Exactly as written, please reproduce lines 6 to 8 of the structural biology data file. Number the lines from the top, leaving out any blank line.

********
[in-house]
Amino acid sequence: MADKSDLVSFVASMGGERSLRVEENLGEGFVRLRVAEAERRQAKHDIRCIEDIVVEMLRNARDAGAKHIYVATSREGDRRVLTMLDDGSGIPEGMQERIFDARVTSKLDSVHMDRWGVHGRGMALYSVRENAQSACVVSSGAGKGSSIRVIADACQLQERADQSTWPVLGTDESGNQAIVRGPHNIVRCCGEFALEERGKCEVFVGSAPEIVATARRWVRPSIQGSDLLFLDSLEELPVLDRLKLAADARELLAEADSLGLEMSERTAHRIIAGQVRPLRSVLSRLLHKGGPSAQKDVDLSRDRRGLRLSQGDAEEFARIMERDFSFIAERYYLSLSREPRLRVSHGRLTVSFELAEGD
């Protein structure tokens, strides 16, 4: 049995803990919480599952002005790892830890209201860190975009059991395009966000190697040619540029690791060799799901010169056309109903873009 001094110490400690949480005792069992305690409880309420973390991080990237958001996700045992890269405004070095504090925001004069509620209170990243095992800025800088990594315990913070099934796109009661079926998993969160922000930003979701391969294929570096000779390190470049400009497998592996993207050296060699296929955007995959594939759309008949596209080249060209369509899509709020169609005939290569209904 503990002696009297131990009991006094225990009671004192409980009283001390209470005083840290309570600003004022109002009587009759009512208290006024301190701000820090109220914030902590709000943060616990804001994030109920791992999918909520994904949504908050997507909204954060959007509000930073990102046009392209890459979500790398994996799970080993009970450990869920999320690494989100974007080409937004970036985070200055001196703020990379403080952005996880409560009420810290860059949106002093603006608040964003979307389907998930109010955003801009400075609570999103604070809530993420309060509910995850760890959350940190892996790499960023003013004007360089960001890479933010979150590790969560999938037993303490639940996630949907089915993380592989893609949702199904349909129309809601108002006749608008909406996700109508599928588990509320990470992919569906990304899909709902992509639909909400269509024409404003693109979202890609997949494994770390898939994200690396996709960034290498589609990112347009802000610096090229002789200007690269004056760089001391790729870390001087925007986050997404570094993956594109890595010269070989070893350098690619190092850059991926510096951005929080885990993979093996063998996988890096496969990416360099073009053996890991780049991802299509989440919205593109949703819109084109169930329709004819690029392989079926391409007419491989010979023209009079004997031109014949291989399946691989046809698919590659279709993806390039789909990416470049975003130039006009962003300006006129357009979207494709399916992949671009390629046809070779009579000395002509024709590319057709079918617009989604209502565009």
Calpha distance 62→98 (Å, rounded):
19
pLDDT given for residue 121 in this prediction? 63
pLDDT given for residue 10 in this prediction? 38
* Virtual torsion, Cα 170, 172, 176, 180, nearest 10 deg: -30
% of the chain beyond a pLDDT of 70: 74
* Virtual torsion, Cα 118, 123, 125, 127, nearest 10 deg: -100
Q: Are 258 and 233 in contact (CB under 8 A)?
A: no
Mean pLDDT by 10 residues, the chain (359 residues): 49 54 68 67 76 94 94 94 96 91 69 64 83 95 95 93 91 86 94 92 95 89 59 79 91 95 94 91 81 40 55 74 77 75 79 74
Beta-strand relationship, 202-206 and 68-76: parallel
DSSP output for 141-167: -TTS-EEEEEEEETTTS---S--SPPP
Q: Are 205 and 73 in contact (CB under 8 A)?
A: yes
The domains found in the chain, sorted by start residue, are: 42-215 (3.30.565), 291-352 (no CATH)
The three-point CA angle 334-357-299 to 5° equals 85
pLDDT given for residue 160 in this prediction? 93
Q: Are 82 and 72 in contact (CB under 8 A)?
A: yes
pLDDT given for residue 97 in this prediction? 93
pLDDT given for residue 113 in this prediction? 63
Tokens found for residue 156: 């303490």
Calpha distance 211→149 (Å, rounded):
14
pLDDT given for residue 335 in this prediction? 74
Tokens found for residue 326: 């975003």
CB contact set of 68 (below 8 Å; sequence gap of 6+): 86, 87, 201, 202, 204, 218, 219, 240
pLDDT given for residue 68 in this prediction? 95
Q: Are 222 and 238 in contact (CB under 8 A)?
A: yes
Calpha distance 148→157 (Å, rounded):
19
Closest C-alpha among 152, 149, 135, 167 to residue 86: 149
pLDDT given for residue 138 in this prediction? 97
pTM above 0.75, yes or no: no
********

pLDDT given for residue 121 in this prediction? 63
pLDDT given for residue 10 in this prediction? 38
* Virtual torsion, Cα 170, 172, 176, 180, nearest 10 deg: -30